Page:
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Some employers may have contracted with several mental health solutions over the past two years, so now it’s essential to reflect on those solutions.

There are various mental health solutions available from which employers can choose. But what exactly are they looking for in these offerings? We spoke with Dylan Landers-Nelson from the Business Group on Health, a non-profit association for large self-insured employers, about employer-sponsored mental health benefits and the 13th Annual Employer-Sponsored Health and Well-being Survey. We also look back on a conversation from the 2021 Going Digital: Behavioral Health Tech Conference with Barbara E. Wachsman, MPH, who is a Senior Advisor at Frazier Healthcare Partners, and former VP, HR, and Benefits at the Walt Disney Corporation.  

Mental Health and the Workplace 

The COVID-19 pandemic has shifted numerous viewpoints regarding how we think about mental health in America, especially in the workplace. A November 2021 survey found that nearly one-third of companies with more than 50 employees increased the ways their employees can receive mental health services and 46% of companies with more than 5,000 employees saw an increase in employees utilizing mental health services. A survey conducted by Calm found that 76% of employees think mental health benefits are crucial when evaluating new jobs. A McKinsey survey found that 80% of employers reported concern about employee mental health.  

New Trends and Developments in Employer Mental Health Benefits

Barbara mentioned the positives and hurdles for startups working with large employer groups, saying the “good news about employers like Disney is that they are always looking for new, interesting, innovative ideas. They’re always looking for ways to have more healthy, productive employees. The bad news is you’re working with these big brands, who are very conservative, and kind of apply the same techniques that you would to purchasing other things.” Barbara continued that while employers are interested in adopting new solutions, they may be slow-moving.

In the Business Group on Health’s recent survey, 91% of employer members said mental health was their employees’ top priority. Additionally, 75% said that in 2022 they are moving to implement low or no-cost virtual counseling. Also, 42% said they are implementing or considering centers of excellence for mental health services, and 31% said they are implementing mental health navigators. 

Top Mental Health Benefit Strategies for Employers 

The Business Group on Health found that in their 2022 survey, access to care was the number one focus area for employers, with 76% of employers saying it was their top focus area. Barbara echoed this idea by saying employers “want access. They want to know that if someone needs care, that they can pick up the phone, they can log in, they can go through a portal, and they will find someone to talk to and someone who will either guide them or be able to provide care when they need it.”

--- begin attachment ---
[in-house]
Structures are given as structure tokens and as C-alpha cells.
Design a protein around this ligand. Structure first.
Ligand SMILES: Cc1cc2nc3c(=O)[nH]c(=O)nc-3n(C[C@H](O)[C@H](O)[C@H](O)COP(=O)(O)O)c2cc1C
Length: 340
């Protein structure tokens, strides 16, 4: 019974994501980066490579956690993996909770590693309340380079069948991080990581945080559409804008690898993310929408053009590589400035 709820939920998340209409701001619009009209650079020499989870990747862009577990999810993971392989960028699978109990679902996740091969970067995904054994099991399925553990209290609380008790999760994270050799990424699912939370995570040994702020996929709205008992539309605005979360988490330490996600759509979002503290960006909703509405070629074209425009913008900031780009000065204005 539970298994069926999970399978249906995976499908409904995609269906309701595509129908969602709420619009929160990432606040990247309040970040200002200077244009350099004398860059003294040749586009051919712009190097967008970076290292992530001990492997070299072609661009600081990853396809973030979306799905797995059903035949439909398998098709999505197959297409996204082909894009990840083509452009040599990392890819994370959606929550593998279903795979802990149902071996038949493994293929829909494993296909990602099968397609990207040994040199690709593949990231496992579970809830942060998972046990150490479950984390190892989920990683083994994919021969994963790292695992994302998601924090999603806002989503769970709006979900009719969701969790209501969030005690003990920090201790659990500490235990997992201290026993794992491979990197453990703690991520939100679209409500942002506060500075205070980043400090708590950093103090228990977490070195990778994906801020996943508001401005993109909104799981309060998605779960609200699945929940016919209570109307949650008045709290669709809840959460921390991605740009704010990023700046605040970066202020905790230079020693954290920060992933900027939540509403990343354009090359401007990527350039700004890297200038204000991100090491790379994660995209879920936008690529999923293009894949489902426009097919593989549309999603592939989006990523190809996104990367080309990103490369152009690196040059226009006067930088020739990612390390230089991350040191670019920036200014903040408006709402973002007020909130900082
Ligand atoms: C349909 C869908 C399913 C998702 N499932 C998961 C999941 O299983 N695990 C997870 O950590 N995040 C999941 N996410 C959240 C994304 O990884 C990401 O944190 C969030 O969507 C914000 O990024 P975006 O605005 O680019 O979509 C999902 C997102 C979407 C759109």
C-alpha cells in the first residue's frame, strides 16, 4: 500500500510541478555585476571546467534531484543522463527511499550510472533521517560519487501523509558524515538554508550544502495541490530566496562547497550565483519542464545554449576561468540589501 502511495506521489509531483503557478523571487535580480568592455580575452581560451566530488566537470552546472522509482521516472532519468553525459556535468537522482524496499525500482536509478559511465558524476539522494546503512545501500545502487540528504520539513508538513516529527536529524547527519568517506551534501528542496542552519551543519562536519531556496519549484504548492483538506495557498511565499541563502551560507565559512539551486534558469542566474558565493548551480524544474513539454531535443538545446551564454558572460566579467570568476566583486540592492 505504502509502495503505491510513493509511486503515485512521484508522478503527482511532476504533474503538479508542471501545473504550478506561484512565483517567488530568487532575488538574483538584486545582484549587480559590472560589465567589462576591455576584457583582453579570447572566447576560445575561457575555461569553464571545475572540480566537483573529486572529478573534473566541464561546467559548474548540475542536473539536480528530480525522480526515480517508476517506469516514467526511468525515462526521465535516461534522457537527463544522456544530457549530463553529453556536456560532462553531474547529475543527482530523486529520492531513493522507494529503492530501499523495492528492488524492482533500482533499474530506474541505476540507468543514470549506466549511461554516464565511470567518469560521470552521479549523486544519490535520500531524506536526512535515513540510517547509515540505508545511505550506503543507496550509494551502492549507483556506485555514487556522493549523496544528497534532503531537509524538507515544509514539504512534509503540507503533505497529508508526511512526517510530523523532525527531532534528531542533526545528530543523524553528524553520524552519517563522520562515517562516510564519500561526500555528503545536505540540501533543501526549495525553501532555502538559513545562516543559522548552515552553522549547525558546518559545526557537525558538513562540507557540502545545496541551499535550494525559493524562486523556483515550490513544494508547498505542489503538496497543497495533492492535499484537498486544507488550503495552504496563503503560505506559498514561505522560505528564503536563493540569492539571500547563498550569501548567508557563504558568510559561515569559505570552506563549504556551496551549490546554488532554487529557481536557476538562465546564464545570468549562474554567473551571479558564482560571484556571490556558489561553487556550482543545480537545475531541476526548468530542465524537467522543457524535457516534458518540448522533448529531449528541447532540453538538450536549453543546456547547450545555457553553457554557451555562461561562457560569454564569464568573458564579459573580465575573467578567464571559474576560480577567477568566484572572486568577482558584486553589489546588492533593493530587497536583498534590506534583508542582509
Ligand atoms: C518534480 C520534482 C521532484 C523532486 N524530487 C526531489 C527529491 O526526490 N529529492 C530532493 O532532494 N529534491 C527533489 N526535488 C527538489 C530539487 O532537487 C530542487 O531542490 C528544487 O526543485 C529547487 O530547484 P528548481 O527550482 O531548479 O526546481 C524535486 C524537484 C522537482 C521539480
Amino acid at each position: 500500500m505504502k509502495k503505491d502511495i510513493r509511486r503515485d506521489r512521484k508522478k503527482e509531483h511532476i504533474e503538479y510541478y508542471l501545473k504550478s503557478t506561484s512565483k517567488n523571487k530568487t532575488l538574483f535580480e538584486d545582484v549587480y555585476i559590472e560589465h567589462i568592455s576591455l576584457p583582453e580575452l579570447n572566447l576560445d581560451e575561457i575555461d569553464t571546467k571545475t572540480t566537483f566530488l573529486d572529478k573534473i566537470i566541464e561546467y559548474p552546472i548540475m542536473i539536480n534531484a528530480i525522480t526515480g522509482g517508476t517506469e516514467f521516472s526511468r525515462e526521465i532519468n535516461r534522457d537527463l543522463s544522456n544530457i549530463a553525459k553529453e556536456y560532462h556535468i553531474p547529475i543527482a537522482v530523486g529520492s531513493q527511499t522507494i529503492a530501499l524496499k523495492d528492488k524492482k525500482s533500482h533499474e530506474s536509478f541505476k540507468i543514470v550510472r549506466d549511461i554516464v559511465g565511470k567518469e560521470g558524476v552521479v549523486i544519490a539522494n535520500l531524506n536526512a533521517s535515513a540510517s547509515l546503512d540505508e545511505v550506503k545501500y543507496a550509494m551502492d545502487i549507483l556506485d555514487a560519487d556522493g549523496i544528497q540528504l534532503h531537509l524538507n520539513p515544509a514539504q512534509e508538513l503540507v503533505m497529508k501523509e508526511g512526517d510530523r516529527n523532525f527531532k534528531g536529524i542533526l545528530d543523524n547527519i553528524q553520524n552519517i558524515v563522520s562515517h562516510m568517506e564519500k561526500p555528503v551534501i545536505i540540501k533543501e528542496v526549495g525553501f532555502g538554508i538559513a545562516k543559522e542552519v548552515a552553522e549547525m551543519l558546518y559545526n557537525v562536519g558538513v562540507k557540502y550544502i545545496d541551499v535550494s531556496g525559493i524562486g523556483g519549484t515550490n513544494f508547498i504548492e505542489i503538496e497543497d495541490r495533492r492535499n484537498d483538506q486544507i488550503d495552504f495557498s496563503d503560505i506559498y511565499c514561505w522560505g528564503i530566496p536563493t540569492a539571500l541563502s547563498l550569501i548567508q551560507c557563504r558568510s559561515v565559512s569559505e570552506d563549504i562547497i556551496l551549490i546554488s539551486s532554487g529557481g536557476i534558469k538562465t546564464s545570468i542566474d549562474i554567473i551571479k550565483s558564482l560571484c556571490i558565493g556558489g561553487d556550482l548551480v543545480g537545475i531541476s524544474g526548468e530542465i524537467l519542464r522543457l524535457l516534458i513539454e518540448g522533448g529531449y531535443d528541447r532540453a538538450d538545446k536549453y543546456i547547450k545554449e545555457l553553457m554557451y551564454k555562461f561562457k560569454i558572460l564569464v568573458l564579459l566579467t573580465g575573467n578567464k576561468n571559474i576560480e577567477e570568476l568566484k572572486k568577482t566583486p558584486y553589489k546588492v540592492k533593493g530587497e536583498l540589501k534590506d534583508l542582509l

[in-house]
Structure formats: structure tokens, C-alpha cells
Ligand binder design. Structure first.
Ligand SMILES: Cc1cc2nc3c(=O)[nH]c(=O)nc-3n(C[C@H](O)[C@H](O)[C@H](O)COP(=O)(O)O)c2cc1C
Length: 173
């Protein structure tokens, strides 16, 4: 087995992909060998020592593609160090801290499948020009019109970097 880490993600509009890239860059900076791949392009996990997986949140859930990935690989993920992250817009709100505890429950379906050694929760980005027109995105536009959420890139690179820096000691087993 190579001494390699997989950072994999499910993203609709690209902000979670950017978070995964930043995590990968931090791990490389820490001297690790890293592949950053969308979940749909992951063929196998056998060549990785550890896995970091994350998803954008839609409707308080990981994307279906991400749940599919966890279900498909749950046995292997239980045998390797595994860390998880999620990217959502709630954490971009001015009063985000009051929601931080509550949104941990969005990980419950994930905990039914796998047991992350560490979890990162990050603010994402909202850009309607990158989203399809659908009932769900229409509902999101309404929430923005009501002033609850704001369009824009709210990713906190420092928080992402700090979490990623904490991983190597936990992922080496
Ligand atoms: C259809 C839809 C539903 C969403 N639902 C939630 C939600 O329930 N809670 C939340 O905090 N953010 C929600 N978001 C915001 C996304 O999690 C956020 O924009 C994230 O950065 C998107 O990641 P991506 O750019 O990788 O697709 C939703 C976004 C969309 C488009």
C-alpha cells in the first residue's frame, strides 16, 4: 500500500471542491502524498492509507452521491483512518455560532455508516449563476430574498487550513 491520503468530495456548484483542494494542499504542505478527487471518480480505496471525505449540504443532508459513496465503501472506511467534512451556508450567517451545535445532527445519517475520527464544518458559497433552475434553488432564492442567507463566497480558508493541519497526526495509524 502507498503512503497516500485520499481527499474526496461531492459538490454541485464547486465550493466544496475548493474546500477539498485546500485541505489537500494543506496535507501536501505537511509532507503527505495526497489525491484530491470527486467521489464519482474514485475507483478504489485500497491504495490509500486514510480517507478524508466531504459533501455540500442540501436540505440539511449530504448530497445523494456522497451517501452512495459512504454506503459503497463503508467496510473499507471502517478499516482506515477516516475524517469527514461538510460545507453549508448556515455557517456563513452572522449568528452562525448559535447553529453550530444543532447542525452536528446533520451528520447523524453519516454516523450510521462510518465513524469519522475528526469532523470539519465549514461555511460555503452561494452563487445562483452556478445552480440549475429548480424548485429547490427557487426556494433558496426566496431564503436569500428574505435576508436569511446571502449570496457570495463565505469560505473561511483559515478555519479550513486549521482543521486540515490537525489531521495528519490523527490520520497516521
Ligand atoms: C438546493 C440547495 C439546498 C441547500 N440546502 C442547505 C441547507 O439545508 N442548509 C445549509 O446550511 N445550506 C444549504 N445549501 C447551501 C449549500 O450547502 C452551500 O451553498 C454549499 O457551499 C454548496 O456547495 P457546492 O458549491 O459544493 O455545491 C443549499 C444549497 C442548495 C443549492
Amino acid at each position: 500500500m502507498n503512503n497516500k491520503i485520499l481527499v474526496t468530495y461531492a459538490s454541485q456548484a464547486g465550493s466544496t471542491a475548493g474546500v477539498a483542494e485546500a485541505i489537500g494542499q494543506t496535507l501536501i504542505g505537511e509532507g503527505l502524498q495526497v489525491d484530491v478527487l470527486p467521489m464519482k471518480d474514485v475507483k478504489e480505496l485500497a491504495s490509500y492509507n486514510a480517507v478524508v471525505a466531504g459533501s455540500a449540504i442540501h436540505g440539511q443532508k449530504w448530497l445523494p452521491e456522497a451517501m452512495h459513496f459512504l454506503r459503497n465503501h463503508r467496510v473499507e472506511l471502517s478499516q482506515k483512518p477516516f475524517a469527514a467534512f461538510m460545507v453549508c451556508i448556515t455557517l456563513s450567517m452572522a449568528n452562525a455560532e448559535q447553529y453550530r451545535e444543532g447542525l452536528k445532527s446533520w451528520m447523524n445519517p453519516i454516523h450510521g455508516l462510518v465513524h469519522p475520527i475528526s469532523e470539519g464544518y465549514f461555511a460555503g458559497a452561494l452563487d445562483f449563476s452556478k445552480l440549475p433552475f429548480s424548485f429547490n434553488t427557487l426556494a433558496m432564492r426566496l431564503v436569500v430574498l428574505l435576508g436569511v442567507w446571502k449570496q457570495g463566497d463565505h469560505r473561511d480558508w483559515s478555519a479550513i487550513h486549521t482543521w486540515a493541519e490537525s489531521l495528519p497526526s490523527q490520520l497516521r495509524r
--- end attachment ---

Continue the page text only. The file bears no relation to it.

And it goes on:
Some employers may have contracted with several mental health solutions over the past two years, so now it’s essential to reflect on those solutions. As Dylan Landers-Nelson mentions, it’s time for employers to “take stock of what they have in place and… focus on programs that are successful.” The past two years have provided data on solutions that may or may not be working, so employers can make informed decisions about what works best for their employees.  

Additionally, large employers are thinking about affordable solutions that appeal to a large population. As Barbara explains, “equity is extremely important. We’re offering the same benefits at the same price to everyone. So you want to ensure that what you’re offering will really appeal to that broad range of employee base.”

What Should Startups Keep in Mind?

In the United States, employers can considerably influence how their employees receive care. Barbara emphasizes, “the employer in this country is the one that determines the kind of care delivered, how it’s delivered, how much it costs, and they have such a huge role to play in helping customers deal with things like mental health.”

As Dylan mentions, one thing medium and large employers look for is the “ability to practice across state lines, certainly virtual services help with that, but there are a lot of specific state laws.” Multistate employers will likely look to launch services for all of their employees at the same time. 

Additionally, Barbara confirms that employers often think about “how can this be integrated into the overall ecosystem of healthcare?” There is a genuine concern about integration with other solutions and how all of them will fit together to create a cohesive healthcare experience for their employees. In fact, employers are starting to feel fatigued over multiple solutions that are administered in various ways. 

Main Takeaways for Startups

1. Mental Health is a Priority

The majority of employers are focused on bringing mental health solutions to their employees. 

2. Integration with Other Vendors

As employers feel fatigued from multiple health solutions, consider how your solution can integrate with other vendors. 

3. Access and Cost are Top Priorities for Employers

Employers want their employees to have low-cost solutions that give them more access to care.

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